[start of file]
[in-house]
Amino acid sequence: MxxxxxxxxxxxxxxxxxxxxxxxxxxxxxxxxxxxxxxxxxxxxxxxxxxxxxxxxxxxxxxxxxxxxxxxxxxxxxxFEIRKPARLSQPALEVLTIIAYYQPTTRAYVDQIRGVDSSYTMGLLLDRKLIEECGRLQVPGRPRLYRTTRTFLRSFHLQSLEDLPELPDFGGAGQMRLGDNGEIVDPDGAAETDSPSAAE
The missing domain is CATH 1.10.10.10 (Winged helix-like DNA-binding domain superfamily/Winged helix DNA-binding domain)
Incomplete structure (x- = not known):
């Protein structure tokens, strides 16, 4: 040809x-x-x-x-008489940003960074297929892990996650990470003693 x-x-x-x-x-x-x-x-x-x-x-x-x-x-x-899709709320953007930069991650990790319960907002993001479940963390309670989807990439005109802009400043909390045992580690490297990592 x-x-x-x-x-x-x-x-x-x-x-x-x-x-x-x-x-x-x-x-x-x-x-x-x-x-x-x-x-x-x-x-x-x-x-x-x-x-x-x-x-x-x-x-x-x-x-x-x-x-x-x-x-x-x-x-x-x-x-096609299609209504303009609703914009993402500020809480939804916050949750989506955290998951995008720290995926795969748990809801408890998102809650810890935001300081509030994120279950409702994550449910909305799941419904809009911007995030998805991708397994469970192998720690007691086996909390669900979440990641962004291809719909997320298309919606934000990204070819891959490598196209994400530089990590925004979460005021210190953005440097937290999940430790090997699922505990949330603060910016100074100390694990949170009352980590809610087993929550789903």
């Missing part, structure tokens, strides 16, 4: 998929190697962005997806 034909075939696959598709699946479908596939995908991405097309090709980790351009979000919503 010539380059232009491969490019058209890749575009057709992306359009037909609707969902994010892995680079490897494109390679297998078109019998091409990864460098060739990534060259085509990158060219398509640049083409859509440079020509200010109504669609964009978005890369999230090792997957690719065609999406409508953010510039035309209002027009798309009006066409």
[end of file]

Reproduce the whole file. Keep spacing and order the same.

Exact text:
[in-house]
Amino acid sequence: MxxxxxxxxxxxxxxxxxxxxxxxxxxxxxxxxxxxxxxxxxxxxxxxxxxxxxxxxxxxxxxxxxxxxxxxxxxxxxxFEIRKPARLSQPALEVLTIIAYYQPTTRAYVDQIRGVDSSYTMGLLLDRKLIEECGRLQVPGRPRLYRTTRTFLRSFHLQSLEDLPELPDFGGAGQMRLGDNGEIVDPDGAAETDSPSAAE
The missing domain is CATH 1.10.10.10 (Winged helix-like DNA-binding domain superfamily/Winged helix DNA-binding domain)
Incomplete structure (x- = not known):
């Protein structure tokens, strides 16, 4: 040809x-x-x-x-008489940003960074297929892990996650990470003693 x-x-x-x-x-x-x-x-x-x-x-x-x-x-x-899709709320953007930069991650990790319960907002993001479940963390309670989807990439005109802009400043909390045992580690490297990592 x-x-x-x-x-x-x-x-x-x-x-x-x-x-x-x-x-x-x-x-x-x-x-x-x-x-x-x-x-x-x-x-x-x-x-x-x-x-x-x-x-x-x-x-x-x-x-x-x-x-x-x-x-x-x-x-x-x-x-096609299609209504303009609703914009993402500020809480939804916050949750989506955290998951995008720290995926795969748990809801408890998102809650810890935001300081509030994120279950409702994550449910909305799941419904809009911007995030998805991708397994469970192998720690007691086996909390669900979440990641962004291809719909997320298309919606934000990204070819891959490598196209994400530089990590925004979460005021210190953005440097937290999940430790090997699922505990949330603060910016100074100390694990949170009352980590809610087993929550789903």
């Missing part, structure tokens, strides 16, 4: 998929190697962005997806 034909075939696959598709699946479908596939995908991405097309090709980790351009979000919503 010539380059232009491969490019058209890749575009057709992306359009037909609707969902994010892995680079490897494109390679297998078109019998091409990864460098060739990534060259085509990158060219398509640049083409859509440079020509200010109504669609964009978005890369999230090792997957690719065609999406409508953010510039035309209002027009798309009006066409």